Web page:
Between 1985 and 1989 half the county councils were hung authorities. For most of those counties used to the certainties of majority control, this was a new experience; many expected that 1989 would see a return to normality, and so it was in some but by no means all the counties. Despite a better than expected performance from the Democrats (compared with the national opinion poll figures of the time), and the fact that the number and proportion of seats changing hands — 443 or 13 per cent of seats contested — was relatively small compared with previous county council elections, the familiar two-party system appeared to have reasserted itself in about half the counties. The normality of ‘Conservative control’ reappeared in counties such as Cambridgeshire, Hertfordshire, Devon, Essex, Somerset and Warwickshire, after four years of aberration. Majority control by Labour returned to Lancashire, Humberside and Northumberland. All these gains in control were not at the expense of another party, but arose from a situation of ‘no overall control’. However, although the number of hung — or balanced — county councils was reduced from 23 by nine (at one stage in the 1985–9 period 25 — or 53 per cent — of the 47 county councils had been hung), 14 hung counties remained, including Cheshire, Cumbria, Gloucestershire, Oxfordshire and Wiltshire. The mould which had been well and truly broken in 1985 appeared to have been reconstituted in 1989 in some counties, but not all.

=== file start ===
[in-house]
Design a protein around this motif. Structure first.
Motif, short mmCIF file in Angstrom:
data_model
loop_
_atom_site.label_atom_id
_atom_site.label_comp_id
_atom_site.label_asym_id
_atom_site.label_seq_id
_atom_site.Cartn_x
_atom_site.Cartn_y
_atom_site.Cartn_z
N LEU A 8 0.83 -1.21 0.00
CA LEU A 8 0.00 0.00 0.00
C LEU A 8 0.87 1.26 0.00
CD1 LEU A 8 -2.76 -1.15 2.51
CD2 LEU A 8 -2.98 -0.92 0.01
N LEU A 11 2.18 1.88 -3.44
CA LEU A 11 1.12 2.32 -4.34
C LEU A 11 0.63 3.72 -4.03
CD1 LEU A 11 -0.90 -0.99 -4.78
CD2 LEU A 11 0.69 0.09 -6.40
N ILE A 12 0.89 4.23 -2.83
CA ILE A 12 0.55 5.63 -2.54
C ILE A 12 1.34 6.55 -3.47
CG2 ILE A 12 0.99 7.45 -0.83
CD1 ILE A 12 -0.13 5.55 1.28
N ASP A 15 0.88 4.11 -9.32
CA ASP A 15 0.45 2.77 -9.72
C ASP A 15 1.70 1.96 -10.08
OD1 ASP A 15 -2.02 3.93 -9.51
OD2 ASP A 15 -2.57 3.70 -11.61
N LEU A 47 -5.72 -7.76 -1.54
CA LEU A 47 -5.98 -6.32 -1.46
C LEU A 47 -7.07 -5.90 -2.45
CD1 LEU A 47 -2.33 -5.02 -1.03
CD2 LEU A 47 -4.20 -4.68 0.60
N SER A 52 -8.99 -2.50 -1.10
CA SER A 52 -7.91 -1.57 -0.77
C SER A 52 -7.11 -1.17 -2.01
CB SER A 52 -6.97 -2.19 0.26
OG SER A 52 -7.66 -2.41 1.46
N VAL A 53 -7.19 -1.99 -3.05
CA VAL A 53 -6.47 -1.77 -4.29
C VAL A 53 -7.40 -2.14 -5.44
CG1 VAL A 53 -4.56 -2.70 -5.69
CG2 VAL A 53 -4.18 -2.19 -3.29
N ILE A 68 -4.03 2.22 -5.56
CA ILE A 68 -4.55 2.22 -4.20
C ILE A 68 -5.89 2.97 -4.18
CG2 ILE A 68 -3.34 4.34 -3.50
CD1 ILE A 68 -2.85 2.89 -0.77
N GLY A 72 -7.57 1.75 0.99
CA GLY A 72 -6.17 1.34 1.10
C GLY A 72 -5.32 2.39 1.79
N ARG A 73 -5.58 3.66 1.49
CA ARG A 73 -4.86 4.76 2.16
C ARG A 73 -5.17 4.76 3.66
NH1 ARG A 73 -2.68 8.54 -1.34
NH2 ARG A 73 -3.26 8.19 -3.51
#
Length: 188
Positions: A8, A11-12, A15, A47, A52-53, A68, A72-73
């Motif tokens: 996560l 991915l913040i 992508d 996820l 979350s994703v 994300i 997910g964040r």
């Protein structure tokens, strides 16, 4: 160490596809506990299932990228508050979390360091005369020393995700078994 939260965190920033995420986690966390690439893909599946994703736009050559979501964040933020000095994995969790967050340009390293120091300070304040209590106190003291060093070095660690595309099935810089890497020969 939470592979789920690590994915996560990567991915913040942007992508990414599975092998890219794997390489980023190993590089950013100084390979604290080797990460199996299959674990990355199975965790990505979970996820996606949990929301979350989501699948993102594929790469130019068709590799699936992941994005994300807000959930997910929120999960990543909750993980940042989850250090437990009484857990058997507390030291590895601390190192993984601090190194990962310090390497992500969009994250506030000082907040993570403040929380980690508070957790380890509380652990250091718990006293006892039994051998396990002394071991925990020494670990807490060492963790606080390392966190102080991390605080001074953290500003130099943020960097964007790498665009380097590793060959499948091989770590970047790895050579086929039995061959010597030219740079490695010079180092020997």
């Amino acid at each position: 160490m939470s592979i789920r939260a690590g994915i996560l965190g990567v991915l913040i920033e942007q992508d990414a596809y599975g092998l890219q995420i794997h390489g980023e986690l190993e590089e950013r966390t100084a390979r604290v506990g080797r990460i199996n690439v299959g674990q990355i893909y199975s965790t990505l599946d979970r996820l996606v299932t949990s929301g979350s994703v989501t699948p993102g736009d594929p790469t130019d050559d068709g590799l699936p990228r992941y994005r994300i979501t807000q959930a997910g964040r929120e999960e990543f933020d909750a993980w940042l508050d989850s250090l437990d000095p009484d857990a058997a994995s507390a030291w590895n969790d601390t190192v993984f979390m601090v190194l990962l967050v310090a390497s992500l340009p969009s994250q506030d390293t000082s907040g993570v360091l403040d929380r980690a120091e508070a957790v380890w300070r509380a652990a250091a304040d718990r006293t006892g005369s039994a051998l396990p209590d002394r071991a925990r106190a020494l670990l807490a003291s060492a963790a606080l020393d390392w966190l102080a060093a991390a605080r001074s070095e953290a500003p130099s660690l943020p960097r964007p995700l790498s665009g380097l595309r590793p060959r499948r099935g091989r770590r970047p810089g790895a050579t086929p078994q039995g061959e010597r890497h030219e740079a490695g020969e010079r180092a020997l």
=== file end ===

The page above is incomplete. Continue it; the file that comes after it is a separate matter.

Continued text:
KeywordsExpense Stake Concession
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